Listening Techniques

Listening Techniques

During the development of Study #4, we found ourselves confronting habits, assumptions, and questions about the relationship between the dancer and musician, as well as the dance/choreography, and music/composition. An important aspect of our overall project as collaborators is the design of interactive frameworks that operate through a fluid distribution of agency between performers, human and nonhuman. We are trying to avoid reductive identifications of leader and follower between performers, and with the media. While we learned a great deal from Study #4, we realized that we were struggling to articulate and actualize the quality of listening between performers that we have conceptualized. We felt the need to develop a pedagogical process by which to cultivate what we understand to be a relational or peripheral quality of listening.

We decided to investigate one very specific task: listening to and relating with a click-track. We developed a progressive series of listening exercises, in which dancers and musicians listened to a variable metronome, generated by computer software. Each time the participants listened to the 6-minute progression of the click-rack, we gave them a new directive. For example:

  • Observe the quality and behavior of your own awareness. If your awareness drifts, bring it back. How did you bring it back?
  • Observe the behavior of your breath as you listen to the click track, without intentionally altering it.
  • Breathe in time with the click track, initiating each inhale and exhale on a pulse. Make choices about the duration of each inhale and exhale, i.e. how many clicks occur per breath. You can also introduce breath holds, at the peak of the inhale or bottom of the exhale, to make a four part breath.
  • Repeat the above step, paying attention to moments when your initiation of a breath accidently falls before or after a click, due to the variability in the click track. Observe how you react in these moments, without intentionally changing your behavior.
  • Repeat the above step. During moments of surprise, exaggerate your reaction. How does this shift the tone or rhythm of your breath?

We experimented with the above steps while lying down, sitting, and standing, and with eyes open and closed, all of which made a difference in the quality of listening and focus. We also repeated directives, and moved forwards and backwards through the progression to refine the process. We questioned how much information to provide performers, versus what to leave open for experimentation.

In addition to breathing with the click-track, we explored shifting body weight in time with the click track. We provided directives such as:

  • Shift your weight from one foot to the other, arriving on one leg on a pulse. Make choices about the duration of each weight shift, i.e. how many clicks occur per weight transfer.
  • Repeat the above step, paying attention to moments when your shift of weight accidently falls before or after a click, due to the variability in the click track. Observe how you react in these moments, without intentionally changing your behavior.
  • Repeat the above step. During moments of surprise, exaggerate your reaction. How does this shift the tone or rhythm of your body? How does it change your relationship with gravity?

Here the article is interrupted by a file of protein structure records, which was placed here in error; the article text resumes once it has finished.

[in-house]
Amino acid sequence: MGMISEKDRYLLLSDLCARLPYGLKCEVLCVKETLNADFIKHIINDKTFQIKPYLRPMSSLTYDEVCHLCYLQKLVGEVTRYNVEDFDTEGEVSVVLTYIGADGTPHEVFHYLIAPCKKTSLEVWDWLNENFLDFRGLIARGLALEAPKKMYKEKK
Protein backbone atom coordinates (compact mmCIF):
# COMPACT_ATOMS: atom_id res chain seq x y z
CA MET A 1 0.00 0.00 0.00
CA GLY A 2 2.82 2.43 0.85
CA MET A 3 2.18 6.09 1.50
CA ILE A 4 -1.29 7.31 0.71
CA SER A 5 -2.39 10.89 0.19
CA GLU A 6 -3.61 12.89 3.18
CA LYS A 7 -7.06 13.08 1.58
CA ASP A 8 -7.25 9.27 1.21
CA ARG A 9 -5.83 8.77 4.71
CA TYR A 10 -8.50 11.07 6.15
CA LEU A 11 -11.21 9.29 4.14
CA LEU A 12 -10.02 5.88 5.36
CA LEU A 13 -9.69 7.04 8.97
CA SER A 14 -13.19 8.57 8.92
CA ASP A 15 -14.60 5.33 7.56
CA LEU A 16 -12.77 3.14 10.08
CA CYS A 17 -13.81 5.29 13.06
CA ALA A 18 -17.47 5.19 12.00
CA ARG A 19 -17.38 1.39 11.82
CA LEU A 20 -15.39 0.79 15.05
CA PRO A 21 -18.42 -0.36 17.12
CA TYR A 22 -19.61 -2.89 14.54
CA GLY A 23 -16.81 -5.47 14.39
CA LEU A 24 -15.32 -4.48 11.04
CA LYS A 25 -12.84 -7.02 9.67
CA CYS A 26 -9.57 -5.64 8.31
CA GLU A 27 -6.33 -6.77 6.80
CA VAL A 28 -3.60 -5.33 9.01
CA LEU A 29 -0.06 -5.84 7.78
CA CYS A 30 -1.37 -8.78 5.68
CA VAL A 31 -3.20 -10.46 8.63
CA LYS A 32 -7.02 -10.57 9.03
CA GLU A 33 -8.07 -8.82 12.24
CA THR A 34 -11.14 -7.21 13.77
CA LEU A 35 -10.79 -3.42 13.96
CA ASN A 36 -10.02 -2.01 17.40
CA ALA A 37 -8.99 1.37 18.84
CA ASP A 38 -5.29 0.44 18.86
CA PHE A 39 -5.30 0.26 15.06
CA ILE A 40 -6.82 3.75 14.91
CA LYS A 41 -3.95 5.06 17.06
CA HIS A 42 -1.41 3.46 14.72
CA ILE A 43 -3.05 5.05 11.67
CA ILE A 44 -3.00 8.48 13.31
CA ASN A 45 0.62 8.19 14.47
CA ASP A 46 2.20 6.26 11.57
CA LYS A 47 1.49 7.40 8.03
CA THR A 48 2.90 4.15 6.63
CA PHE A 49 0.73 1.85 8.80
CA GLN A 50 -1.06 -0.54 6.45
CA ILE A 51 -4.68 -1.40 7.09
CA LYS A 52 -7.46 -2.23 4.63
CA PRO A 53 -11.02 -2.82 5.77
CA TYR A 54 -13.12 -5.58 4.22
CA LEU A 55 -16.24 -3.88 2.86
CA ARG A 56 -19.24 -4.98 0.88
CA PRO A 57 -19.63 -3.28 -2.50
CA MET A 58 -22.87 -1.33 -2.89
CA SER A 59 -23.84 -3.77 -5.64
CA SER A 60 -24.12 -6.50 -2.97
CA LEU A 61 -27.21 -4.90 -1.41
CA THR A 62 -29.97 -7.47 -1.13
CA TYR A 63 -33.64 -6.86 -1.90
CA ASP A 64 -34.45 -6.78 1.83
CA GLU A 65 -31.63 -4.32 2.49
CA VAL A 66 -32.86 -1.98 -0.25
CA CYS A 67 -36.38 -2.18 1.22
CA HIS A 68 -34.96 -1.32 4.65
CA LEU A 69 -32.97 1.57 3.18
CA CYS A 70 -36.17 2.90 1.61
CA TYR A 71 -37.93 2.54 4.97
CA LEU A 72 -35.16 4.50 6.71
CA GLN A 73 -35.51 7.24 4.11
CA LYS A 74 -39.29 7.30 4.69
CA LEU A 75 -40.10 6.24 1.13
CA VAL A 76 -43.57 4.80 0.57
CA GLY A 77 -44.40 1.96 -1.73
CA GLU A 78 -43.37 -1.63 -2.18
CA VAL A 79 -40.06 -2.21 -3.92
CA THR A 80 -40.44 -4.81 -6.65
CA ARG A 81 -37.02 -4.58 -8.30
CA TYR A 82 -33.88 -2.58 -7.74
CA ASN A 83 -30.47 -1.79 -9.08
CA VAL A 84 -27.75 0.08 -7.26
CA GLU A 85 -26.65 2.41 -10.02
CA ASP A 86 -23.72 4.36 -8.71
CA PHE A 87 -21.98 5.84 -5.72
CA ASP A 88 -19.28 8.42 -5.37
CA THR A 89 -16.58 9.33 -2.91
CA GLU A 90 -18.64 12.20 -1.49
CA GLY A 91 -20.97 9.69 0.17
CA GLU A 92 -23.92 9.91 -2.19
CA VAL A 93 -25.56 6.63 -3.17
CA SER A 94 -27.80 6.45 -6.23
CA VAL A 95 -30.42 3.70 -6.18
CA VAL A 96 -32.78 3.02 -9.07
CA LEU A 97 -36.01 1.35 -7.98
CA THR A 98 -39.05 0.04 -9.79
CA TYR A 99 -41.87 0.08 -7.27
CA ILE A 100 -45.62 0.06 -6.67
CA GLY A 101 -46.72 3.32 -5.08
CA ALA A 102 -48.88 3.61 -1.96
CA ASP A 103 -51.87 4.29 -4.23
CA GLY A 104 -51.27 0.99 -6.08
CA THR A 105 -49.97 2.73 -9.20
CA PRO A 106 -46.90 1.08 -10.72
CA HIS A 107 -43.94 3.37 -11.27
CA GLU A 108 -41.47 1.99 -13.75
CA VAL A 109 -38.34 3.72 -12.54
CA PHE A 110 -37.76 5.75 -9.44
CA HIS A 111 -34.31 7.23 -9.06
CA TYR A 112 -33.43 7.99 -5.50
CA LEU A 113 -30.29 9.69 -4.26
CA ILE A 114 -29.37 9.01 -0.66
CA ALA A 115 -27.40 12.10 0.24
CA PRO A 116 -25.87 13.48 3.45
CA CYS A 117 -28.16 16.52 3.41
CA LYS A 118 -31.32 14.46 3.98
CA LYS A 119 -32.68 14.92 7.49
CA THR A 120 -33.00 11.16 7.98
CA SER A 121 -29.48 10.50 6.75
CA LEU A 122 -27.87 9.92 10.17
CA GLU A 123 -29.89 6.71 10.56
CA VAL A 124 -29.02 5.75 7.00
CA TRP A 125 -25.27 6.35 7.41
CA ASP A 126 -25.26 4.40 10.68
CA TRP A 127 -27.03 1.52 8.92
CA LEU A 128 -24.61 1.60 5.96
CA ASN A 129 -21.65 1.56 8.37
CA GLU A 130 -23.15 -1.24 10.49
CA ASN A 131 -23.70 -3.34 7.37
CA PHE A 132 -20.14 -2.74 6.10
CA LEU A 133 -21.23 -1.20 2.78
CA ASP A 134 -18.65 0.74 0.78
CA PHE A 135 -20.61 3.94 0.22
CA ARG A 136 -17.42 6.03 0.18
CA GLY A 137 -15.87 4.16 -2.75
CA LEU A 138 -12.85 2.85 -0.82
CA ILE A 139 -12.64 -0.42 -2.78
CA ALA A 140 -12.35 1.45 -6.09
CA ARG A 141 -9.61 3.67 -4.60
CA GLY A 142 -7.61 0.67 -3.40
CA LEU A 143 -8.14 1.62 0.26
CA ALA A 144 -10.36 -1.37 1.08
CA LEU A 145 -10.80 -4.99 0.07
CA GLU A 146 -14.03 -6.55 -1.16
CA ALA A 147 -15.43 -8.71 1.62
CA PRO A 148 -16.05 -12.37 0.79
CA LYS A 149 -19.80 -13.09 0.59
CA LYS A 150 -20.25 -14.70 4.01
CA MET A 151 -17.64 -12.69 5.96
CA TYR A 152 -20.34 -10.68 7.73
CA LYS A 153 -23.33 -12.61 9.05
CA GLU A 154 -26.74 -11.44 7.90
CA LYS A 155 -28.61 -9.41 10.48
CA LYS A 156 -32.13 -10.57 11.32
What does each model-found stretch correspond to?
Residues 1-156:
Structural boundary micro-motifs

We then repeated the above series, with breath and weight shifts together. Additional steps in the progression that we touched on, but that we would like to explore further include:

  • Observing the coupling or decoupling between inhales and exhales with suspension and falling
  • Exploring different types of weight shifts, for example in isolated body parts, or travelling in the space
  • Having the musicians play their instruments with the click track
  • Having the dancers improvise movement with the click track

Eventually, the computer generated click-track will be replaced with the click track generated in real-time from the ECG. This will provide a unique type of unpredictable variability for the musicians. It will also provide a form of biofeedback for the dancers, and potential for a feedback loop, as they relate to the music.

What we are trying to emphasize is a relationship between the performer and click track in which there is not a follower and leader, nor a right or wrong event. Rather, we aspire to a relational awareness regarding the behavior of the performer and click-track. This requires directing attention in multiple directions, simultaneously inwards and outwards, but mostly, in between the many performers, within a context. The question for each performer is not is not: are you before or after the click track. The click track itself, whether generated by the computer software or the ECG, is not so special. Perfection in this scenario, i.e. the performer matching the click track exactly, would likely be uninteresting as a temporal texture. Cultivating this relational listening is a step towards building dynamic rhythmic textures, between the multiple performers, and between the movement and music. 

The majority of our exploration of this progression was done ourselves, in collaboration with dancer Laura Boudou. We also facilitated a daylong workshop with five musicians, who gave us a lot of valuable feedback. We plan to continue along this trajectory through future workshops with dancers and musicians. It is interesting to us to bring dancers and musicians together for this exploration, to examine ways in which our disciplinary training informs our approaches to listening.

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